Threepenny Bit - Pantomime Cannon

2014 studio album

Pantomime Cannon - Threepenny Bit

the bright young folk review

By their own admission Hampshire based eight-piece Threepenny Bit are looking to “raise a few eyebrows amongst the contemporary folk audience” on new album Pantomime Cannon. Frankly
they can consider it mission accomplished as this is about the most head-spinningly original album to emerge from the current crop of young folk collectives this year.

Despite being a mere four years old as a group Threepenny Bit have raised the bar yet again on album number three whilst opening their collective shoulders and throwing even more musical styles into an already overflowing pot. Noticeably the intensity of their live show is beginning to creep more and more into their recorded work bridging the gap between studio and stage to good effect.

Lancastrian favourite The Rochdale Coconut Dance is the first tune to show off the band’s extended versatility, starting off with a polka style opening before seguing effortlessly into subtle jazz stylings.

The sense of tradition is constantly at the forefront of the record though and the addition of jazz progressions, thumping percussion and even dub never detracts from the core of Threepenny Bit’s base sound.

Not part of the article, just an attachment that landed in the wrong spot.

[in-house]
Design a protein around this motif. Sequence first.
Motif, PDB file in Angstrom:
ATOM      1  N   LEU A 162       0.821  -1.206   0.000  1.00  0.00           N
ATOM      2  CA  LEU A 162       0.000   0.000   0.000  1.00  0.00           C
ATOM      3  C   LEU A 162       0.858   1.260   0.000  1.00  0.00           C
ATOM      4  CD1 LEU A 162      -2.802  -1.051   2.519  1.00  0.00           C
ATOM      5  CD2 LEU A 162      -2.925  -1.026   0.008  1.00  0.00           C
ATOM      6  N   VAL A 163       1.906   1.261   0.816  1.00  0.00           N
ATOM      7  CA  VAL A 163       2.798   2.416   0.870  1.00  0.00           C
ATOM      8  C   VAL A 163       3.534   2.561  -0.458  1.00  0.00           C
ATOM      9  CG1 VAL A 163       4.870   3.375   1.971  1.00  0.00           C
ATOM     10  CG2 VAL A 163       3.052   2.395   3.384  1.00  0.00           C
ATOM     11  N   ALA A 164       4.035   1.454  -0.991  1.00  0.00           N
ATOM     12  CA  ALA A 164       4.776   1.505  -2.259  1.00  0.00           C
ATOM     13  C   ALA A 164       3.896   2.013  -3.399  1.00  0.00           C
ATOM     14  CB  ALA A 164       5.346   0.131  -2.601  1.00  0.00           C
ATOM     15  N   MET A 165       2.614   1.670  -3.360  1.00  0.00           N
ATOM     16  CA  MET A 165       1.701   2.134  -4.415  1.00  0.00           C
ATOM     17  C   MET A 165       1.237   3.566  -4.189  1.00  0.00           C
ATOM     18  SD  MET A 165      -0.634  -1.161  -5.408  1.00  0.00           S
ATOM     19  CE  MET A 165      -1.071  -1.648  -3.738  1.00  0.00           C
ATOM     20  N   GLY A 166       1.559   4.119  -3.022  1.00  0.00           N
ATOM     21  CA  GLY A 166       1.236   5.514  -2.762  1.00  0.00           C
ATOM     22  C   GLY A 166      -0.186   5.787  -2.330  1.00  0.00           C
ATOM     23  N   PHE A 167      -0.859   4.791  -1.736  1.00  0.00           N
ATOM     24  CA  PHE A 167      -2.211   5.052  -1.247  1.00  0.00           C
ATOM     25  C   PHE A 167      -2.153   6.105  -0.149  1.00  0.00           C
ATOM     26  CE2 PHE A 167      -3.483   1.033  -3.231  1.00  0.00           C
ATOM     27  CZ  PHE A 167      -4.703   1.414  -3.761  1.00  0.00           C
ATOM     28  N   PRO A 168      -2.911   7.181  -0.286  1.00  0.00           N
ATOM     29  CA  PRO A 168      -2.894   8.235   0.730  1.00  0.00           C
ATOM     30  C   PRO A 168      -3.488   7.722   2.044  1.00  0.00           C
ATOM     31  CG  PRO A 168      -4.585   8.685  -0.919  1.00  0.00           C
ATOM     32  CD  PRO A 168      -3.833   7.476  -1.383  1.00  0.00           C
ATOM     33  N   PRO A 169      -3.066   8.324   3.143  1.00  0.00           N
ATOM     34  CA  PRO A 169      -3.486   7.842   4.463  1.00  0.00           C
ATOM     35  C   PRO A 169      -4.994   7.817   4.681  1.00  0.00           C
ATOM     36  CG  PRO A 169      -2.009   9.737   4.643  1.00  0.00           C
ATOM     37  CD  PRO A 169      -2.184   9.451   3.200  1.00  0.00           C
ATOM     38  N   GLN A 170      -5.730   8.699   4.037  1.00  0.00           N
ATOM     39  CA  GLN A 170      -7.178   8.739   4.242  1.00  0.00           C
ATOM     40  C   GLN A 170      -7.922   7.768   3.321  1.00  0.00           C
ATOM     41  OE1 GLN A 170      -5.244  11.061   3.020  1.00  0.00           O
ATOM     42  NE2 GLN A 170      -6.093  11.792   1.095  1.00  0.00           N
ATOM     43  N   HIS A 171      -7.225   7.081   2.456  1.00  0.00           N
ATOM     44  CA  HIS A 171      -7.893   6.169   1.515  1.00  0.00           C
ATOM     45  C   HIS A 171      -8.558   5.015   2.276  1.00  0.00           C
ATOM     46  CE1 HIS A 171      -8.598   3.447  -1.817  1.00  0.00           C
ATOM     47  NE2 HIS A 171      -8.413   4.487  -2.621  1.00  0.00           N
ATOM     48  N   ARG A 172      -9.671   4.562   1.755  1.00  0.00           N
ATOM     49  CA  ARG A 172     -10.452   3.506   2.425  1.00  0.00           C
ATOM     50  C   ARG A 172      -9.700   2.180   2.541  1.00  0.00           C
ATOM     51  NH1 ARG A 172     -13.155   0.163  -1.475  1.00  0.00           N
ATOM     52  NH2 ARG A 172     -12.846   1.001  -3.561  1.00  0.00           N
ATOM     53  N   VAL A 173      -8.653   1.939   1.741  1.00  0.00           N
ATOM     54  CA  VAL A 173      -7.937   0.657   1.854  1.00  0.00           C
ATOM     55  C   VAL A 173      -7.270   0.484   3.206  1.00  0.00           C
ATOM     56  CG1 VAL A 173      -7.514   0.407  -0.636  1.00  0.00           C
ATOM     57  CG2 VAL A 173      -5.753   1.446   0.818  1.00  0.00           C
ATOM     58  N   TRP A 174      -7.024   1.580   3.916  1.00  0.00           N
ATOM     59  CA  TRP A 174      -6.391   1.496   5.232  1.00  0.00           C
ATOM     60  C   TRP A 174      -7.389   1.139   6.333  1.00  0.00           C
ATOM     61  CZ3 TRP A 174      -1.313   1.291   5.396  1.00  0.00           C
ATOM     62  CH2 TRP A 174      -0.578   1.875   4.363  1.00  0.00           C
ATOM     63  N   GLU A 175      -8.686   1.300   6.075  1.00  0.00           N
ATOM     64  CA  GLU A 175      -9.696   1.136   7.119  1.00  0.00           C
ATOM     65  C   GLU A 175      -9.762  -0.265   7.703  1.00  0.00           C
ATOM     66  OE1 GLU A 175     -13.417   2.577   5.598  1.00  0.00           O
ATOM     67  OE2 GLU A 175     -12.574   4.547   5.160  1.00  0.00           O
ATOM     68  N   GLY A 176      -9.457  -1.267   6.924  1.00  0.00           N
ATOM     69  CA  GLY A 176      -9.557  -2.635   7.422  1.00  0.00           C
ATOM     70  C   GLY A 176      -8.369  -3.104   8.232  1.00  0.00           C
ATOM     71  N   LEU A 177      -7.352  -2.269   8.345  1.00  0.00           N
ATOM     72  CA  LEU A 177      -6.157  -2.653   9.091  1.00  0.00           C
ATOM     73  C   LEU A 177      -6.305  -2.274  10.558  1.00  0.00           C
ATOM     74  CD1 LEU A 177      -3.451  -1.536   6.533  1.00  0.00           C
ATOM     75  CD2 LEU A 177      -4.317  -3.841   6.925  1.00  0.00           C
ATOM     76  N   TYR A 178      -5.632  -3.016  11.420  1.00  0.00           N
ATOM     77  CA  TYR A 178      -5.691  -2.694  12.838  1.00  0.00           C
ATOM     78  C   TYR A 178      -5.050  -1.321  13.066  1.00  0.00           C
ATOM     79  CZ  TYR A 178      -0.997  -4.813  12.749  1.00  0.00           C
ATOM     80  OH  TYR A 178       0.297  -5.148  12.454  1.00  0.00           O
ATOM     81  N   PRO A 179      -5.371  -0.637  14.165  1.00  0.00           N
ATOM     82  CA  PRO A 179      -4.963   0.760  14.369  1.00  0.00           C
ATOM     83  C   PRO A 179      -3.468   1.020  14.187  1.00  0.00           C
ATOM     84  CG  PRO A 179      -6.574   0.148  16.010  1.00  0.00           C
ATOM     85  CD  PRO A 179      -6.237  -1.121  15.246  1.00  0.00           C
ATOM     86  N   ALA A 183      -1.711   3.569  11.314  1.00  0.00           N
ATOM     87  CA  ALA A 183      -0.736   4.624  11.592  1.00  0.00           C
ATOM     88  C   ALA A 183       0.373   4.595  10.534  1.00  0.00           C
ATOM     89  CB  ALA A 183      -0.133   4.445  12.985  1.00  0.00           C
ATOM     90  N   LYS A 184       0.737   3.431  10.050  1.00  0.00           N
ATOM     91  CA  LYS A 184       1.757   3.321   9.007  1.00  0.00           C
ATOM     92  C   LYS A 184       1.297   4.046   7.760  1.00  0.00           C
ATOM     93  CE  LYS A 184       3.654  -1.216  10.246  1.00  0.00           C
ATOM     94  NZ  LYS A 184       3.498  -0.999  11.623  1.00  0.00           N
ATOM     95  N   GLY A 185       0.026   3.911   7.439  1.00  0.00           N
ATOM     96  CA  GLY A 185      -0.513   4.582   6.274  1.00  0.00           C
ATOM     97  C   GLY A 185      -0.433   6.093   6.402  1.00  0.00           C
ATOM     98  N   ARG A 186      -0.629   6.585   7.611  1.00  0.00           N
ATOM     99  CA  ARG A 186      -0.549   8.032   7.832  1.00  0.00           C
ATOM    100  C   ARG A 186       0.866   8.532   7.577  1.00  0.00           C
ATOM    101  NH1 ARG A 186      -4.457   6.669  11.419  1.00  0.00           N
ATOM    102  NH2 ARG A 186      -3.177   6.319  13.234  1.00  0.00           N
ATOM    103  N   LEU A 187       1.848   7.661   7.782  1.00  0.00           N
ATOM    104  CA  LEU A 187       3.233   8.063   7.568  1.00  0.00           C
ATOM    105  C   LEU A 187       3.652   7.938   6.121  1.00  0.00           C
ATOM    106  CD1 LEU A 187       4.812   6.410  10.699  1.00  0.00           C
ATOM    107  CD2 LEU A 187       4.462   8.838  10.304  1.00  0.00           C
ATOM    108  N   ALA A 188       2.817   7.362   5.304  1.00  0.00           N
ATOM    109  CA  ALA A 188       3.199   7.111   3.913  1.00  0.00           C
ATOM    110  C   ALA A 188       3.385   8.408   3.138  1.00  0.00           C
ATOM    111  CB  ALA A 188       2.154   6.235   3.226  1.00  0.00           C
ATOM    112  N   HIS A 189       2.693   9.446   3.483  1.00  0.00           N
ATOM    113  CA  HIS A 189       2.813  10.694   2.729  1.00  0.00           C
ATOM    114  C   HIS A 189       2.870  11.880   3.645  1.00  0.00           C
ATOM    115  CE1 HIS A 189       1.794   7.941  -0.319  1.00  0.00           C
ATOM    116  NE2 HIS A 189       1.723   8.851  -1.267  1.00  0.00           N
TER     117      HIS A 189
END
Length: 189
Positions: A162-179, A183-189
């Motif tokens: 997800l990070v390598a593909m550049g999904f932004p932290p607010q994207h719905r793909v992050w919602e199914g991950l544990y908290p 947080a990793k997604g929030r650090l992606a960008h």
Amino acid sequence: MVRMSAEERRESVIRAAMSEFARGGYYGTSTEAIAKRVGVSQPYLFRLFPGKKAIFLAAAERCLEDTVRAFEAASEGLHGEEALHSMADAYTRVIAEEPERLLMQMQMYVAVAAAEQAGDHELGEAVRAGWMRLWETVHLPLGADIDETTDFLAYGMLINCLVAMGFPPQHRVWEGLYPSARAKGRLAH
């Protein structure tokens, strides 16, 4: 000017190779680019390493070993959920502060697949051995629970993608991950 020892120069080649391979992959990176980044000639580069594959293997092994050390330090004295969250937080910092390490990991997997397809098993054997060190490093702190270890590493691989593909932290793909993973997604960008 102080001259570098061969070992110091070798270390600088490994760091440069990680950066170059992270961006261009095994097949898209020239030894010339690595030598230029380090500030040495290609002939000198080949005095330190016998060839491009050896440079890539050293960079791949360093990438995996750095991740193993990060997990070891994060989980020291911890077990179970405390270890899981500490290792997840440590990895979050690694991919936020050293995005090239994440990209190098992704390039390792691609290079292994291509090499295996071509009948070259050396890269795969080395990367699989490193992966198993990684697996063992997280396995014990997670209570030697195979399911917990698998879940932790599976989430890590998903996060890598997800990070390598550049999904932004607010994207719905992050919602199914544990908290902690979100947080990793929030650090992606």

The border regions are plundered for Go To Berwick, Johnnie, which has a fantastic story-telling quality about it. The tune is led majestically by flautists Jason Beaumont and Hannah Gray with further virtuosity coming in the shape of Ruth Burrows’ alto saxophone as it opens the fizzing pop sensibilities of Popcorn. It’s worth pointing out that Popcorn lands half way through the record and not once do the energy levels drop before or after it.

Forget nodding along approvingly, this is an all-out musical bombardment that will have even the most hardened wallflower up and dancing. Just try and sit still throughout the staccato drama of The Travelling Lemon as it sashays passionately into your brain with no small measure of Mediterranean flair.

It’s rousing, it’s charming, it’s ridiculously energetic and it is only sad that Pantomime Canon lands too late for the 2014 festival season. Make no bones about it though, Threepenny Bit will have fields, barns and halls full of people dancing to their tune up and down the UK in 2015 and beyond.

Rob Fearnley

Released 14th September 2014 on Little Folk Records.

1. Arthur Muse’s
2. The Rochdale Coconut Dance
3. Go to Berwick, Johnnie
4. The Unfortunate Cup of Tea
5. Popcorn
6. Cabbage
7. The Travelling Lemon
8. Mirror Waltz
9. Bitterne Distress
10. Speed the Plough

Threepenny Bit discography